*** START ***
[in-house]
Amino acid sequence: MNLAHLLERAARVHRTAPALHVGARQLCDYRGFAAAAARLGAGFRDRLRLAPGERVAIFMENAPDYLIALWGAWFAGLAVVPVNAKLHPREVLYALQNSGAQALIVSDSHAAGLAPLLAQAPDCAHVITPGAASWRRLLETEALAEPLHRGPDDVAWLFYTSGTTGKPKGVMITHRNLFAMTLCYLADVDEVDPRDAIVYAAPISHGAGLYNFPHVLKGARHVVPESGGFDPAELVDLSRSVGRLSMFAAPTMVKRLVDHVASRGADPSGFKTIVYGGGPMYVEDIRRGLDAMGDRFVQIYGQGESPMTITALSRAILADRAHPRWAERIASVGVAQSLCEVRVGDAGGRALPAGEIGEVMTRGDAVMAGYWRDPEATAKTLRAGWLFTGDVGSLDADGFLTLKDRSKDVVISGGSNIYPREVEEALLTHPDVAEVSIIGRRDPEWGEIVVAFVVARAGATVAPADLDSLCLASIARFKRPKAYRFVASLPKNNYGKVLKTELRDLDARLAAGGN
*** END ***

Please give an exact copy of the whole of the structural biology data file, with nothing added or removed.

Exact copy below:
[in-house]
Amino acid sequence: MNLAHLLERAARVHRTAPALHVGARQLCDYRGFAAAAARLGAGFRDRLRLAPGERVAIFMENAPDYLIALWGAWFAGLAVVPVNAKLHPREVLYALQNSGAQALIVSDSHAAGLAPLLAQAPDCAHVITPGAASWRRLLETEALAEPLHRGPDDVAWLFYTSGTTGKPKGVMITHRNLFAMTLCYLADVDEVDPRDAIVYAAPISHGAGLYNFPHVLKGARHVVPESGGFDPAELVDLSRSVGRLSMFAAPTMVKRLVDHVASRGADPSGFKTIVYGGGPMYVEDIRRGLDAMGDRFVQIYGQGESPMTITALSRAILADRAHPRWAERIASVGVAQSLCEVRVGDAGGRALPAGEIGEVMTRGDAVMAGYWRDPEATAKTLRAGWLFTGDVGSLDADGFLTLKDRSKDVVISGGSNIYPREVEEALLTHPDVAEVSIIGRRDPEWGEIVVAFVVARAGATVAPADLDSLCLASIARFKRPKAYRFVASLPKNNYGKVLKTELRDLDARLAAGGN